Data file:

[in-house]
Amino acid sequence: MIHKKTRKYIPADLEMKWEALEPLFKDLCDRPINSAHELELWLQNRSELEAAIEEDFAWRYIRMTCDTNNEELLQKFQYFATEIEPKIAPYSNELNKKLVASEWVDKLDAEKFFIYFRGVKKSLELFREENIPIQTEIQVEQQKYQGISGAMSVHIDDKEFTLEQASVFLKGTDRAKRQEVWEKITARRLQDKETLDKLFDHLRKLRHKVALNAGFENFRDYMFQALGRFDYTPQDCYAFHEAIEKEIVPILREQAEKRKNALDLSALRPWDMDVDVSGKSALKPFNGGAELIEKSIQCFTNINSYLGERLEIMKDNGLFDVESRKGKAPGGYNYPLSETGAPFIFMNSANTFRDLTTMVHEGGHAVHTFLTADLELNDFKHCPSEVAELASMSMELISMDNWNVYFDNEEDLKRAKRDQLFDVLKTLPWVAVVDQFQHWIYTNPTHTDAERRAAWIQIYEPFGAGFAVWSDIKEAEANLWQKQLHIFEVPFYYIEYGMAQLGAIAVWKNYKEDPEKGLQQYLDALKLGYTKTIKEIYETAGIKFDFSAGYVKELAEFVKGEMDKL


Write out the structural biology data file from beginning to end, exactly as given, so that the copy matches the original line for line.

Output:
[in-house]
Amino acid sequence: MIHKKTRKYIPADLEMKWEALEPLFKDLCDRPINSAHELELWLQNRSELEAAIEEDFAWRYIRMTCDTNNEELLQKFQYFATEIEPKIAPYSNELNKKLVASEWVDKLDAEKFFIYFRGVKKSLELFREENIPIQTEIQVEQQKYQGISGAMSVHIDDKEFTLEQASVFLKGTDRAKRQEVWEKITARRLQDKETLDKLFDHLRKLRHKVALNAGFENFRDYMFQALGRFDYTPQDCYAFHEAIEKEIVPILREQAEKRKNALDLSALRPWDMDVDVSGKSALKPFNGGAELIEKSIQCFTNINSYLGERLEIMKDNGLFDVESRKGKAPGGYNYPLSETGAPFIFMNSANTFRDLTTMVHEGGHAVHTFLTADLELNDFKHCPSEVAELASMSMELISMDNWNVYFDNEEDLKRAKRDQLFDVLKTLPWVAVVDQFQHWIYTNPTHTDAERRAAWIQIYEPFGAGFAVWSDIKEAEANLWQKQLHIFEVPFYYIEYGMAQLGAIAVWKNYKEDPEKGLQQYLDALKLGYTKTIKEIYETAGIKFDFSAGYVKELAEFVKGEMDKL